A Case Report of Fatal Necrotizing Encephalitis and Acute HBV Infection

Coincidence or Comorbidity?

Research output: Contribution to journalArticle

Abstract

We report the first fatal pediatric case of encephalitis associated with hepatitis B virus (HBV) infection. A Caucasian, previously healthy, and vaccinated 7-year-old girl was evaluated at our hospital for fever, vomiting, tremors, and loss of consciousness. At admission, she underwent brain computed tomographic scan, electroencephalogram, lumbar puncture, and blood examination. In 12 hours, her clinical condition deteriorated and the patient entered coma and died. A laboratory error was useful to reach a predeath diagnosis, showing HBV-DNA on blood. Autopsy confirmed HBV-PCR DNA in brain, lymphnodes, lungs, liver, and spleen. We generally do not search HBV-DNA in organic fluid of Italian children with encephalitis, as they are currently all vaccinated. Consequently, as a teaching lesson, we would suggest not to take anything obvious.

Original languageEnglish
Pages (from-to)16-18
Number of pages3
JournalJournal of Pediatric Infectious Diseases
Volume14
Issue number1
DOIs
Publication statusPublished - Jan 1 2019

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Acute Hemorrhagic Leukoencephalitis
Virus Diseases
Hepatitis B virus
Comorbidity
Encephalitis
DNA
Spinal Puncture
Unconsciousness
Brain
Tremor
Coma
Vomiting
Electroencephalography
Autopsy
Teaching
Fever
Spleen
Pediatrics
Polymerase Chain Reaction
Lung

Keywords

  • children
  • encephalitis
  • hepatitis B virus

ASJC Scopus subject areas

  • Pediatrics, Perinatology, and Child Health
  • Infectious Diseases

Cite this

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title = "A Case Report of Fatal Necrotizing Encephalitis and Acute HBV Infection: Coincidence or Comorbidity?",
abstract = "We report the first fatal pediatric case of encephalitis associated with hepatitis B virus (HBV) infection. A Caucasian, previously healthy, and vaccinated 7-year-old girl was evaluated at our hospital for fever, vomiting, tremors, and loss of consciousness. At admission, she underwent brain computed tomographic scan, electroencephalogram, lumbar puncture, and blood examination. In 12 hours, her clinical condition deteriorated and the patient entered coma and died. A laboratory error was useful to reach a predeath diagnosis, showing HBV-DNA on blood. Autopsy confirmed HBV-PCR DNA in brain, lymphnodes, lungs, liver, and spleen. We generally do not search HBV-DNA in organic fluid of Italian children with encephalitis, as they are currently all vaccinated. Consequently, as a teaching lesson, we would suggest not to take anything obvious.",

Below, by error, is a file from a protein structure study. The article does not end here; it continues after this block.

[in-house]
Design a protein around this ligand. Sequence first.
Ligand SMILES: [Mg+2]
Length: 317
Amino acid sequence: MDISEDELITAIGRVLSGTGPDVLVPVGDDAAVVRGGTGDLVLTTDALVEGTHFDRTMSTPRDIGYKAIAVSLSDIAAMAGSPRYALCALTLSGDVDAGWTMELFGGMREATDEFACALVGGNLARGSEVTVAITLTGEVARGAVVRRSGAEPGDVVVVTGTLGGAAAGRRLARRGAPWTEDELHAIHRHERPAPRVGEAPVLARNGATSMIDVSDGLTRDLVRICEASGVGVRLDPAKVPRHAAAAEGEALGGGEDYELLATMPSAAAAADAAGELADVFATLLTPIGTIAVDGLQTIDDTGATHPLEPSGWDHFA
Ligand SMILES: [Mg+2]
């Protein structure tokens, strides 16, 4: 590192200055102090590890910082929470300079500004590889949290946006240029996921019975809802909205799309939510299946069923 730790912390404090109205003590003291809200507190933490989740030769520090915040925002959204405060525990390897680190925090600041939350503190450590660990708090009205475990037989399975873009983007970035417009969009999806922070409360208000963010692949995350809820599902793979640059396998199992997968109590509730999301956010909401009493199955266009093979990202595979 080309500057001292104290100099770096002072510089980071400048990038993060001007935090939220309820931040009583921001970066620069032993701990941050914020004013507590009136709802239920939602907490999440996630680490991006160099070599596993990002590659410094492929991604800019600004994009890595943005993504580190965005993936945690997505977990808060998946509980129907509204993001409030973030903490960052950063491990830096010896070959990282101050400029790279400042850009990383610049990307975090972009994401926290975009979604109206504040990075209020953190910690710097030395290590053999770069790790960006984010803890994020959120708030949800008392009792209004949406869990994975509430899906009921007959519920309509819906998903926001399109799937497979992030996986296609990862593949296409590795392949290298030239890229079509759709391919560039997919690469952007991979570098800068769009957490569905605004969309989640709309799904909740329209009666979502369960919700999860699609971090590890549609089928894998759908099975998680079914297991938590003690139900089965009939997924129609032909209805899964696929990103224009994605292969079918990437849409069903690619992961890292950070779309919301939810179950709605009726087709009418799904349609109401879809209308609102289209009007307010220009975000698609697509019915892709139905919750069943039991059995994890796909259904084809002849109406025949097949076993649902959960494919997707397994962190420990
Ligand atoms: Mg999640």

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AU - Krzysztofiak, Andrzej

AU - Bozzola, Elena

AU - Russo, Cristina

AU - De Vito, Rita

AU - Nobili, Valerio

AU - Villani, Alberto

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N2 - We report the first fatal pediatric case of encephalitis associated with hepatitis B virus (HBV) infection. A Caucasian, previously healthy, and vaccinated 7-year-old girl was evaluated at our hospital for fever, vomiting, tremors, and loss of consciousness. At admission, she underwent brain computed tomographic scan, electroencephalogram, lumbar puncture, and blood examination. In 12 hours, her clinical condition deteriorated and the patient entered coma and died. A laboratory error was useful to reach a predeath diagnosis, showing HBV-DNA on blood. Autopsy confirmed HBV-PCR DNA in brain, lymphnodes, lungs, liver, and spleen. We generally do not search HBV-DNA in organic fluid of Italian children with encephalitis, as they are currently all vaccinated. Consequently, as a teaching lesson, we would suggest not to take anything obvious.

AB - We report the first fatal pediatric case of encephalitis associated with hepatitis B virus (HBV) infection. A Caucasian, previously healthy, and vaccinated 7-year-old girl was evaluated at our hospital for fever, vomiting, tremors, and loss of consciousness. At admission, she underwent brain computed tomographic scan, electroencephalogram, lumbar puncture, and blood examination. In 12 hours, her clinical condition deteriorated and the patient entered coma and died. A laboratory error was useful to reach a predeath diagnosis, showing HBV-DNA on blood. Autopsy confirmed HBV-PCR DNA in brain, lymphnodes, lungs, liver, and spleen. We generally do not search HBV-DNA in organic fluid of Italian children with encephalitis, as they are currently all vaccinated. Consequently, as a teaching lesson, we would suggest not to take anything obvious.

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